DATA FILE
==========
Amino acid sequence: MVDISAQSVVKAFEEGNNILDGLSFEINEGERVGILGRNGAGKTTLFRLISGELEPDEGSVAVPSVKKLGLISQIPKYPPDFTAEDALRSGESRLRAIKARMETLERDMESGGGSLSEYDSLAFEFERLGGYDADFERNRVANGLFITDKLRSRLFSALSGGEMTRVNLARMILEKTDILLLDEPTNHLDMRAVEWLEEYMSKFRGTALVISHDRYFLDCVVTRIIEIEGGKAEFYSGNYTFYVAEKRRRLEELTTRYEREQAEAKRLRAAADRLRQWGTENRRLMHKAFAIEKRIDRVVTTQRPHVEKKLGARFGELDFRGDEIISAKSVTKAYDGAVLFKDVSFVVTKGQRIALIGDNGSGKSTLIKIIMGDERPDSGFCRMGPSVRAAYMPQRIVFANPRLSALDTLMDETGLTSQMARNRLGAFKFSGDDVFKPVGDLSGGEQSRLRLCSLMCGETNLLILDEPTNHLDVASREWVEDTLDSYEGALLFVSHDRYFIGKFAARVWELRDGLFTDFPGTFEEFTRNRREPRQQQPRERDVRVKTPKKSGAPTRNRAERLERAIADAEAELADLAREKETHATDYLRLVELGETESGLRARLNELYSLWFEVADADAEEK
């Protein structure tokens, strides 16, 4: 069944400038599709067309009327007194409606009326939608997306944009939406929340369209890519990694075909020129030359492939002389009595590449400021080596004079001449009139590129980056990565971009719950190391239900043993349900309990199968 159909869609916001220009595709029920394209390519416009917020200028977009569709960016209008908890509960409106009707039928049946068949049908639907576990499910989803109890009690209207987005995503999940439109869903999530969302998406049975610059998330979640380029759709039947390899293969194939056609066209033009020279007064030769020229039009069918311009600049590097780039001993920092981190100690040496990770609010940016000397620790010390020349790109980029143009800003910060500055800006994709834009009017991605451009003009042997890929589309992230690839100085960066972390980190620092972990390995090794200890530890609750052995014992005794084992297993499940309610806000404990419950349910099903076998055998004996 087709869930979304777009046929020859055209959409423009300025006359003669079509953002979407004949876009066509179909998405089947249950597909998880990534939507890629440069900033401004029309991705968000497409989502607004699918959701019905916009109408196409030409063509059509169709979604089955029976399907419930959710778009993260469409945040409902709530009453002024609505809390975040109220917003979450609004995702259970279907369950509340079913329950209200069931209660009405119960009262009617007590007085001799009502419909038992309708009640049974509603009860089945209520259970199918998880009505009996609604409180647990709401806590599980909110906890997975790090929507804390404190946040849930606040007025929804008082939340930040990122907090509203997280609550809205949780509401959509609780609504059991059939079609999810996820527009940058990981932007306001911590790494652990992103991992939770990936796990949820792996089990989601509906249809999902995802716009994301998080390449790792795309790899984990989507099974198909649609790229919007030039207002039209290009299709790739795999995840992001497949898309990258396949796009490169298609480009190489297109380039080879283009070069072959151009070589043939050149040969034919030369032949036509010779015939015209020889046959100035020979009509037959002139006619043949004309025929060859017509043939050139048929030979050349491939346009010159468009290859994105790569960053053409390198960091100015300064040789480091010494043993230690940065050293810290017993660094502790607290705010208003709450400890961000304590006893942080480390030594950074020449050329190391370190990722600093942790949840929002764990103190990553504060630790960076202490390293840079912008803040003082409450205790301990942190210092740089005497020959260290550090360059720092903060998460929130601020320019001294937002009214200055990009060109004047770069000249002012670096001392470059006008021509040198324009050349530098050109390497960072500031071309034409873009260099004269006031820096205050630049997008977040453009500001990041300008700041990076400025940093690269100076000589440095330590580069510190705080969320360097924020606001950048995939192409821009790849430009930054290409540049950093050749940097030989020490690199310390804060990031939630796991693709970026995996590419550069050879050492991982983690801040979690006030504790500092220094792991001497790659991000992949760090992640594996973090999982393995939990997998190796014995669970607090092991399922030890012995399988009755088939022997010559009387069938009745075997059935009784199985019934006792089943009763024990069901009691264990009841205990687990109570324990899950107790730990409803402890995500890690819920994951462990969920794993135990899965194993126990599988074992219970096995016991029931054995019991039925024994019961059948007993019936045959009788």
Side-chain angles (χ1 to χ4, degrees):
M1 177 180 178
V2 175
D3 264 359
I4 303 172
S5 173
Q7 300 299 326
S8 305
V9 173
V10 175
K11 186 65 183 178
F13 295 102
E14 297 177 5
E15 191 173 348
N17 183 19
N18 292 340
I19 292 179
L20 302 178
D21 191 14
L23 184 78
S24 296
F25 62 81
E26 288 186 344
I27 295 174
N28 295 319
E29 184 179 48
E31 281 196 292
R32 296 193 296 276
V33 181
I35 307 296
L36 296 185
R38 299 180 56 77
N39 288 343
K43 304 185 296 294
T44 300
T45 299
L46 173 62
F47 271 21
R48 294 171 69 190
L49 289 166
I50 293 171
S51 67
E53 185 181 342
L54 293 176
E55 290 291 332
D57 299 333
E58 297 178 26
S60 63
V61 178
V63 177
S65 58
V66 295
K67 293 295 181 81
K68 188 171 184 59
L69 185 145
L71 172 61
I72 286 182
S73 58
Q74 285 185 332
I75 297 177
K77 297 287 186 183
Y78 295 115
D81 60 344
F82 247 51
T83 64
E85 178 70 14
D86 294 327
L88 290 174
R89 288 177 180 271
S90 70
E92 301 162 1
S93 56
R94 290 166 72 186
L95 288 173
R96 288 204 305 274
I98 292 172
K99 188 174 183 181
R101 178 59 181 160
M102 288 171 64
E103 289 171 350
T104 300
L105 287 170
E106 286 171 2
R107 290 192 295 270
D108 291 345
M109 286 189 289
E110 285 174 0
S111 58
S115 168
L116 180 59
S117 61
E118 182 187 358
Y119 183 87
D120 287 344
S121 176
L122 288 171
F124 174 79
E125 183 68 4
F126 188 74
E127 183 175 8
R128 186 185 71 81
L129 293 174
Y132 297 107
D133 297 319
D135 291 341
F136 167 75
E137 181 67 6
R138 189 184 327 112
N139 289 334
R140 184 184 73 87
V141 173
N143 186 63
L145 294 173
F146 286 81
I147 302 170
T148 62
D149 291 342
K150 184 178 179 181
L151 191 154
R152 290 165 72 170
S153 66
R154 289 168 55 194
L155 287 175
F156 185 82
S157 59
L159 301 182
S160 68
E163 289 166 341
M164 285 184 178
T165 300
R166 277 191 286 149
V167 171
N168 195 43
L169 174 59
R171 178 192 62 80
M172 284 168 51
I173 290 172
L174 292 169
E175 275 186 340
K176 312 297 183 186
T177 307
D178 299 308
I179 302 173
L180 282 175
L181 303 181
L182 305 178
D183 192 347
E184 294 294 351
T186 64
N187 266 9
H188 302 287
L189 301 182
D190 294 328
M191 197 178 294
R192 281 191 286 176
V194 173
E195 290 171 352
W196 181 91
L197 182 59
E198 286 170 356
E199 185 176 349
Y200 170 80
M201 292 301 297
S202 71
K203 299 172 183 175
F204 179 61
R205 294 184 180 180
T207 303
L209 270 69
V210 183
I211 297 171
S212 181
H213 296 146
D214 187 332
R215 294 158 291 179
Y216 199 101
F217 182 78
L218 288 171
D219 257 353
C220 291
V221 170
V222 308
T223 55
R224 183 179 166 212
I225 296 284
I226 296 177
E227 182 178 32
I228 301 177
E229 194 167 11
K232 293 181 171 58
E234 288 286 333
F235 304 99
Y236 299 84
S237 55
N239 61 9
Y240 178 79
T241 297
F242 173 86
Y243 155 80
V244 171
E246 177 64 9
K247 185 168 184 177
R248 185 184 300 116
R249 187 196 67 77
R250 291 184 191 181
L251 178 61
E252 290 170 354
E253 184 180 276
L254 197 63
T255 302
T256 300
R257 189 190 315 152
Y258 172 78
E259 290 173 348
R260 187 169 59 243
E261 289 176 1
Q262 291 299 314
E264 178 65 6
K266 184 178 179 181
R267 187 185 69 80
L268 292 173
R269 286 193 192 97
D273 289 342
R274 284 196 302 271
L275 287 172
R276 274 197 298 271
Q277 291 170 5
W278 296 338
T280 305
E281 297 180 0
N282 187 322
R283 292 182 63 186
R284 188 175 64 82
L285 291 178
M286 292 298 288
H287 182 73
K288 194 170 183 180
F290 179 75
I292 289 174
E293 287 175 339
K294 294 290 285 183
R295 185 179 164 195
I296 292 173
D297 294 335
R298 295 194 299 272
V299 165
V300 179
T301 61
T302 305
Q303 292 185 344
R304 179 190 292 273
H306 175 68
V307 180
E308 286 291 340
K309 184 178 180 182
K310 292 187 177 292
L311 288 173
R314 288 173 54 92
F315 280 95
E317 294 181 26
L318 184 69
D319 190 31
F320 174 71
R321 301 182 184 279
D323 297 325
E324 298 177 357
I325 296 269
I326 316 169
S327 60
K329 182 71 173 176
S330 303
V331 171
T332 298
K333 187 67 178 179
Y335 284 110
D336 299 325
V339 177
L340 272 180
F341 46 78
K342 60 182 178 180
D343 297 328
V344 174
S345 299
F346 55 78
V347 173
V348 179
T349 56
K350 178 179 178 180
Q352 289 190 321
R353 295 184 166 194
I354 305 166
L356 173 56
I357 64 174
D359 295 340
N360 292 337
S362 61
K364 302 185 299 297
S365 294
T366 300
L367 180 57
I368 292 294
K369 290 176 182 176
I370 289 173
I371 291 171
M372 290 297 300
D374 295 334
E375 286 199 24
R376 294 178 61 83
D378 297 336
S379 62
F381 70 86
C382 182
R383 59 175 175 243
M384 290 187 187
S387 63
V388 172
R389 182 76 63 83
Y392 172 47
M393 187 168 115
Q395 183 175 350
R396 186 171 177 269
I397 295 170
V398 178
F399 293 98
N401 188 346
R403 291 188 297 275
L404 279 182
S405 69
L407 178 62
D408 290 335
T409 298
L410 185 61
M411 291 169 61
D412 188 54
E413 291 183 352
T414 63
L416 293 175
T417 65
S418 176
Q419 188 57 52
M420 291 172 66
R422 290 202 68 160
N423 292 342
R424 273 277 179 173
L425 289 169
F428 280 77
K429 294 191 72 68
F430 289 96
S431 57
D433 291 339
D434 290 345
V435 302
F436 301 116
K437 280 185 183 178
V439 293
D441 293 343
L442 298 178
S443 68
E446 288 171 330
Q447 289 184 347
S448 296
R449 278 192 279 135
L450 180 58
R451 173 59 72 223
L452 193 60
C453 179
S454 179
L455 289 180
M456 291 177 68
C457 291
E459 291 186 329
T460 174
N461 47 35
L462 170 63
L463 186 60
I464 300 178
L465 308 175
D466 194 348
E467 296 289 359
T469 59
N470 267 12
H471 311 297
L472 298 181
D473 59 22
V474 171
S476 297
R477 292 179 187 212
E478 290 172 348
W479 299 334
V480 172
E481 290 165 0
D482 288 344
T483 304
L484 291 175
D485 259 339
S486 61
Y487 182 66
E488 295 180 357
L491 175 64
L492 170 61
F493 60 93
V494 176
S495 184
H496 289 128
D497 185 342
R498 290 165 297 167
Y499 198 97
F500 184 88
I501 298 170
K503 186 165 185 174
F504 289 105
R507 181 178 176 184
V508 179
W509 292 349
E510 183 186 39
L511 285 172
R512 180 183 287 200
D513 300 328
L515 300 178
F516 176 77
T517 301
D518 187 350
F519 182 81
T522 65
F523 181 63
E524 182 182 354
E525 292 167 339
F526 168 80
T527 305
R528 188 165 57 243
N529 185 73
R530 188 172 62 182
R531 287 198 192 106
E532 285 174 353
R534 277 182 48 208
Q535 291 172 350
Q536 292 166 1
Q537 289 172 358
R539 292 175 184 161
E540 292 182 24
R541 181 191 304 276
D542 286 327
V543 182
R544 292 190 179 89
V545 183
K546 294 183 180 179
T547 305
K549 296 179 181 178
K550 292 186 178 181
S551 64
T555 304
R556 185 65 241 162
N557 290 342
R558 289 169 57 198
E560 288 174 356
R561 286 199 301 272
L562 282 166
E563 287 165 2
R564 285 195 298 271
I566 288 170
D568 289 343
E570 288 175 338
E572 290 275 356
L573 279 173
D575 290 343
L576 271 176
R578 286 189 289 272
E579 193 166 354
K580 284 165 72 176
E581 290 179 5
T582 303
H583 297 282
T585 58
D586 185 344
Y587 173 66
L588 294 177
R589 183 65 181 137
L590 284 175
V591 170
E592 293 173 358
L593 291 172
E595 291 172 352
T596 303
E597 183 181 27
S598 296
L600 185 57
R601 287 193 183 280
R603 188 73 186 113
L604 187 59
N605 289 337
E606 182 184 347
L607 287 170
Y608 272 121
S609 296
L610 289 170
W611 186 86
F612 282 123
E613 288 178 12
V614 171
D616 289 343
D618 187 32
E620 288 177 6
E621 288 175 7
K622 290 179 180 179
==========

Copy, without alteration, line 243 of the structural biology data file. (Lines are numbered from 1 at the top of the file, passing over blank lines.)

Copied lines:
K294 294 290 285 183